Turns out I had installed nodejs and bower previously, and some remnants of that install were blocking the nodejs post-install script.

    To resolve:
    $ sudo rm -rf /usr/local/lib/node_modules
    $ brew postinstall node

  36. Thanks for writing this.

  37. `brew install node` does not install npm. I get an error: “npm: command not found”

  38. Hey there just wanted to give you a brief heads up and let
    you know a few of the images aren’t loading properly. I’m not sure why but I think its a linking issue.
    I’ve tried it in two different web browsers and both show the same outcome.

  39. Kamran Aslam on March 6, 2016 at 11:40 am said:

    How to uninstall and reinstall node on mac? I think i have some issue with my node 🙁 i want to uninstall the node completely and re-install it once again.



  40. I am trying to install nodeJS and I cannot install Xcode on my work computer because I am using OSX 10.9. Can I install NodeJS without Xcode?

  41. Andrew Pena on February 21, 2016 at 8:27 pm said:

    Outstanding tutorial on node.js et al. I wish I had stumbled upon your site a few weeks ago when I ‘tried’ installing the ‘other’ way. I ended up following your instructions to a “T” after I removed node.js…it worked like a charm. I especially like the fact that I now have Homebrew which I knew existed, just didn’t know the reason why.

    I’m going to hunt around your site to see what else I can learn. Possibly find a course that i can take as well. Thanks again for the tutorial…I’m off to play in node.js and the like!

    • Faye Bridge on February 22, 2016 at 1:30 am said:

      Hi Andrew! That’s great to hear. If you’re interested in browsing through all of the courses we have available, check out of Library. We hope you find something to enjoy learning! 🙂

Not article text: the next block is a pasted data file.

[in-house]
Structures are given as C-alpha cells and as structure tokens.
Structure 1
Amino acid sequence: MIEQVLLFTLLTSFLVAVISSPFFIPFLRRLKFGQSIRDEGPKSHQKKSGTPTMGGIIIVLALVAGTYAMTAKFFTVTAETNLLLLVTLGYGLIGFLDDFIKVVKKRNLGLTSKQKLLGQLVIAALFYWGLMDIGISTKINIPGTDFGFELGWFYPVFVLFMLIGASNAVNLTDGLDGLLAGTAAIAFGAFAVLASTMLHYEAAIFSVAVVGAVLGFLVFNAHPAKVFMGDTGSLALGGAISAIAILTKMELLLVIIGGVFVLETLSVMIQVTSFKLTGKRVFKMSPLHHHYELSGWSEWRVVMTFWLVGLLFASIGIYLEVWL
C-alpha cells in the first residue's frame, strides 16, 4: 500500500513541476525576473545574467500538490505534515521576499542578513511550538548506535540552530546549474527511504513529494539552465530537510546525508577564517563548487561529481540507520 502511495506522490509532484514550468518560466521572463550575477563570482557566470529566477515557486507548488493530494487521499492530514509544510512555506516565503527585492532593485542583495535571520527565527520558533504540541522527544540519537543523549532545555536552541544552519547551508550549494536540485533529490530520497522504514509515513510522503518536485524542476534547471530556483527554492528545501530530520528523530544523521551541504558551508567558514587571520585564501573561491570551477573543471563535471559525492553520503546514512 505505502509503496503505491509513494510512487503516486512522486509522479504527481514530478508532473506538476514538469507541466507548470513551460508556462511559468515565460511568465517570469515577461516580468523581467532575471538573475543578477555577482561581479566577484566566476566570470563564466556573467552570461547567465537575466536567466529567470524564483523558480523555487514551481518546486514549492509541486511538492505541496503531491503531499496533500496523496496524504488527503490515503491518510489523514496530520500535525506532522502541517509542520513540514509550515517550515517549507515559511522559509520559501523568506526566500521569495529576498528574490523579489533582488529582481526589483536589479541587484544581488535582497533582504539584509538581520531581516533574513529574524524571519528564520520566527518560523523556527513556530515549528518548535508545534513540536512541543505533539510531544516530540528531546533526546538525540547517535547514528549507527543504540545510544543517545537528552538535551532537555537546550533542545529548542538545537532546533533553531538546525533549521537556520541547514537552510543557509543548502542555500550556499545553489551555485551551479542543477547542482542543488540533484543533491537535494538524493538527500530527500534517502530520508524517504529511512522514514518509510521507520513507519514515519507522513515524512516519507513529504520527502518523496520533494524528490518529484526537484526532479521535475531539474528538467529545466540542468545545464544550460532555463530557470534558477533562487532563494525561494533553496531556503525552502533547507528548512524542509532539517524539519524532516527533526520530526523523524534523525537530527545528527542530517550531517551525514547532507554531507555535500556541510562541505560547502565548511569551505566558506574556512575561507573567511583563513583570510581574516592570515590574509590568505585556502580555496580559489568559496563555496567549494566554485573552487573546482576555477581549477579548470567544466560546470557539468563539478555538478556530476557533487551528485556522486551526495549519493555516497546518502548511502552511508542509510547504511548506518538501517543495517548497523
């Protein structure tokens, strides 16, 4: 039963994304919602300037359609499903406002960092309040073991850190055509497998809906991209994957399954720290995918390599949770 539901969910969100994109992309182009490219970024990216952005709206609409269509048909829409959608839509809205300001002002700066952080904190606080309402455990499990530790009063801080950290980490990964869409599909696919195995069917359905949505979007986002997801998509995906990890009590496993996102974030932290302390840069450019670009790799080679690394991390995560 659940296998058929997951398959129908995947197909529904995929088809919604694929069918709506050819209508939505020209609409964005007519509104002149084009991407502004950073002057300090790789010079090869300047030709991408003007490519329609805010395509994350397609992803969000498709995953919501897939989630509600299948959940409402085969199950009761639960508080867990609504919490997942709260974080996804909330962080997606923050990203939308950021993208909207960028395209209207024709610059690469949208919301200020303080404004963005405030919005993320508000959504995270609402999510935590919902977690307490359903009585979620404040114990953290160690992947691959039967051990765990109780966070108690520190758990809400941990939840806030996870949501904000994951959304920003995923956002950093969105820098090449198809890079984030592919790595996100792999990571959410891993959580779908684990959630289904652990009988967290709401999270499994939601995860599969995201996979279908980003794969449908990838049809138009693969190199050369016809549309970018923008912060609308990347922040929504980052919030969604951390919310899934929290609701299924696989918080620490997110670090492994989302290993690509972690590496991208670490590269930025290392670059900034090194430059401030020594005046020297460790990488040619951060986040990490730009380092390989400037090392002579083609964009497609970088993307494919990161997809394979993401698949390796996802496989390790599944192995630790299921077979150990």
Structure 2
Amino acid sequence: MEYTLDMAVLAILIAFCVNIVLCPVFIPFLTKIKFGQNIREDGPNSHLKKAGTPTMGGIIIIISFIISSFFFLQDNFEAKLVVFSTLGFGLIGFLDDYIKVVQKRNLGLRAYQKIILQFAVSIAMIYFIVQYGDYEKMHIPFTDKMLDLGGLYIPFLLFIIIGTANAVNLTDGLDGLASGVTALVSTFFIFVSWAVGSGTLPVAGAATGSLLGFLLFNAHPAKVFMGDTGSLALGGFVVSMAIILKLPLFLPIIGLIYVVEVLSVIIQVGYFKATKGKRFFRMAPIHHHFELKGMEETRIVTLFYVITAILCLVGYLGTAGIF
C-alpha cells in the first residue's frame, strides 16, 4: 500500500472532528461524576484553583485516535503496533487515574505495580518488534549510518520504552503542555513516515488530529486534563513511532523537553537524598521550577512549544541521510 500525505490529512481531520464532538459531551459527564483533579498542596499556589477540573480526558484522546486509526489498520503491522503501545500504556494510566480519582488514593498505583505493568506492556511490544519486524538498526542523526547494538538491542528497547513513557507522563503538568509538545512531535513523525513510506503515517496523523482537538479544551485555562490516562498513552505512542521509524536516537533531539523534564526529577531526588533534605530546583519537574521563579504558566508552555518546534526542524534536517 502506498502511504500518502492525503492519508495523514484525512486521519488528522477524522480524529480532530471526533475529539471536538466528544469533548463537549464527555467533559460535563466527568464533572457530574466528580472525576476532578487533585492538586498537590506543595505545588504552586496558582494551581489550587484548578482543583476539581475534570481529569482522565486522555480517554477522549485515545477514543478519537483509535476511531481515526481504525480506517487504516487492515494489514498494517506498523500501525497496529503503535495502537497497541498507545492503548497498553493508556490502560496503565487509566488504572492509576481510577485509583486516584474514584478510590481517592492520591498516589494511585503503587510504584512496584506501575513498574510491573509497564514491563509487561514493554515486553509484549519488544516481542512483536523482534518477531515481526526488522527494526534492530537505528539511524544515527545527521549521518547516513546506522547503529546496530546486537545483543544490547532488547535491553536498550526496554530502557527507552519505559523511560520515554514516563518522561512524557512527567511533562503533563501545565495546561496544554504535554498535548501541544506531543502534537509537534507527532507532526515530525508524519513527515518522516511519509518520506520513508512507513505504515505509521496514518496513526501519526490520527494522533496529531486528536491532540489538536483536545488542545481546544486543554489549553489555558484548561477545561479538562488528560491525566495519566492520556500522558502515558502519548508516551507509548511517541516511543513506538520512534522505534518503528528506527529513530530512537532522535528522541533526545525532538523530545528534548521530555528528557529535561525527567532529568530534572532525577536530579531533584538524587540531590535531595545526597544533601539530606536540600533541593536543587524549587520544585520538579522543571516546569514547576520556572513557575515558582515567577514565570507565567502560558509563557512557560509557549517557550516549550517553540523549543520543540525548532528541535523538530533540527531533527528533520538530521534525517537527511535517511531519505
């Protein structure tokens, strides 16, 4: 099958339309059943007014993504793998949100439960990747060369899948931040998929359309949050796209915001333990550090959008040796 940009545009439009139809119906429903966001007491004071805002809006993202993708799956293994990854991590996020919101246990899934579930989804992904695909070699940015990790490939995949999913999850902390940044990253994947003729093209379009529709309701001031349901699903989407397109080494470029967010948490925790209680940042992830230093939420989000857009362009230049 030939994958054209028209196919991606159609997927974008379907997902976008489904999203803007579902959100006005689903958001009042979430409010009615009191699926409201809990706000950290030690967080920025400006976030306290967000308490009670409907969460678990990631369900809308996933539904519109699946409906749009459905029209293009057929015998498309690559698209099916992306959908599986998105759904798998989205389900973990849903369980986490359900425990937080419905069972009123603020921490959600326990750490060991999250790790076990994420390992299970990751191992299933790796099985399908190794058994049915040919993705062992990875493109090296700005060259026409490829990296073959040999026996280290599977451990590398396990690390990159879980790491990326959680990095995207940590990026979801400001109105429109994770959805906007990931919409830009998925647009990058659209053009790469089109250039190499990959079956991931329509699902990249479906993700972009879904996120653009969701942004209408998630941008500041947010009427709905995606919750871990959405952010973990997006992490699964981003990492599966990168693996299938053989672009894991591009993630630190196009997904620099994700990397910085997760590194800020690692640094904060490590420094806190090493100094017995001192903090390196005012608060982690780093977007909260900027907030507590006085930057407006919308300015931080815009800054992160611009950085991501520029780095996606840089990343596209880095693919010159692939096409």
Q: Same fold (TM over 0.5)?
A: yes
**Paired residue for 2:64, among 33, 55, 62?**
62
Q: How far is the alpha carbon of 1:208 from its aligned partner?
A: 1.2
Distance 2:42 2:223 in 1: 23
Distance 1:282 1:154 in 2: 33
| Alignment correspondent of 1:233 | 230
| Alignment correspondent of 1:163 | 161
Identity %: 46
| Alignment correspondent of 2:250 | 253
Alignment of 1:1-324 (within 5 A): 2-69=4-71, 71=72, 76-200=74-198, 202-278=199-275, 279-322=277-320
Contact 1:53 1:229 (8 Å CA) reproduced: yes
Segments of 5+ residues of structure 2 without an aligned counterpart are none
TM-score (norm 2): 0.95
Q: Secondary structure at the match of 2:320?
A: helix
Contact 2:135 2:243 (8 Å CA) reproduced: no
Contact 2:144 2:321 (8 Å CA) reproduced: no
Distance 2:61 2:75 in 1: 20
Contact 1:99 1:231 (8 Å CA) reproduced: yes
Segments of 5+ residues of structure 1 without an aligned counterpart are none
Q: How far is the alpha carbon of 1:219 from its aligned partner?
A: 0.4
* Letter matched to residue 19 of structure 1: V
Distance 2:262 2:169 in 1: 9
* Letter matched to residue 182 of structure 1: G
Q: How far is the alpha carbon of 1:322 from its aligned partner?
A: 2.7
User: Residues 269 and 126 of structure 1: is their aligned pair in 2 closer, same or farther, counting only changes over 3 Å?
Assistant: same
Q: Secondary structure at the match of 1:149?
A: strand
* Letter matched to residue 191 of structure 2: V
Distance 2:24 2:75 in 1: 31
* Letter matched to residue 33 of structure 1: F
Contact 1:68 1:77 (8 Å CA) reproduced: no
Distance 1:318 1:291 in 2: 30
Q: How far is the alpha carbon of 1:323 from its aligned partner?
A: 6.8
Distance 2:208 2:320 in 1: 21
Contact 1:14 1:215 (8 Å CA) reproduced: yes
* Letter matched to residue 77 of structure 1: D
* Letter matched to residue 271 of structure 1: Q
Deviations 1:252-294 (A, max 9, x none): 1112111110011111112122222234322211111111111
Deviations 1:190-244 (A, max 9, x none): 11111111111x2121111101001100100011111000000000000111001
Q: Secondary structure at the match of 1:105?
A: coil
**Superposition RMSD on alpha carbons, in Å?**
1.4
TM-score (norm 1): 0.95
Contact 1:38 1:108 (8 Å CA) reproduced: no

42. James Gill (@IamJamesGill) on January 22, 2016 at 11:20 am said:


    I’m noticing that whenever I use Homebrew to install Node/NPM, it installs *hundreds* of node modules. So, when I scaffold up a project with Yeoman, the node_modules folder contains hundreds of node modules.

    I admit I’m not sure if this is Homebrew’s doing, but it seems like it.

  43. Thanks, very useful !

  44. I disapprove of installing Node via Homebrew. Because many packages are installed using the npm commands. Assign own path of Homebrew for Node and npm, and this is a problem most of the time.

  45. To support and at the same time, challenge the idea of installing node via homebrew.

    I initially did the install via the installer pkg. But I am using a non-admin user to do all my stuffs, developments and so. So I got stuck into even more challenging issues with the permissions. So I decided to remove the packaged install and re-install via homebrew.

    It went like a charm.

    Now, a month later, I want to install ghost and kickstart a project. However, ghost supports Node only up to v. 4.2 and the current node version is 5.1

    I’ve been using npm and node for many things in the last month and installed a bunch of things using npm.

    Because I used homebrew in the first (well, second actually) place, I can easily uninstall node via homebrew, install nvm via homebrew and install the node versions I need via nvm.

    Makes sense, no?

    Actually, with node, nvm is the the way to go.

  46. I had a typo in my first post. It should say ‘Should there be a colon OR slash after that…’ instead of ‘colon FOR slash’.

  47. Thanks for the instructions. I’m new to this, so I don’t know what is wrong. I got this warning from the Homebrew installation…

    Warning: /usr/local/bin is not in your PATH.

    Here is my path as displayed from ‘echo $PATH’ (where ‘me’ is my user name).


    Notice at the end, it shows /usr/local/bin like the warning mentioned. Should there be a colon for slash after that (should there be a slash after every ending folder name)? If this path looks funky, it may be because I was trying to fix a goof from a node-v4.2.1.pkg installation. If there is anything that I should now remove since I am going through the Homebrew installation of Node, please let me know.


  48. Zachary Hale on October 16, 2015 at 6:55 pm said:

    This was seriously the simplest install I’ve ever done…..of anything.

  49. George Battelle on October 8, 2015 at 4:58 am said:

    I fixed my problem by running:
    “brew doctor”
    which told me how to prune some stray links
    and suggested I change ownership to:
    “sudo chown -R /usr/local
    “brew install node”
    then announced working versions with:
    “node -v”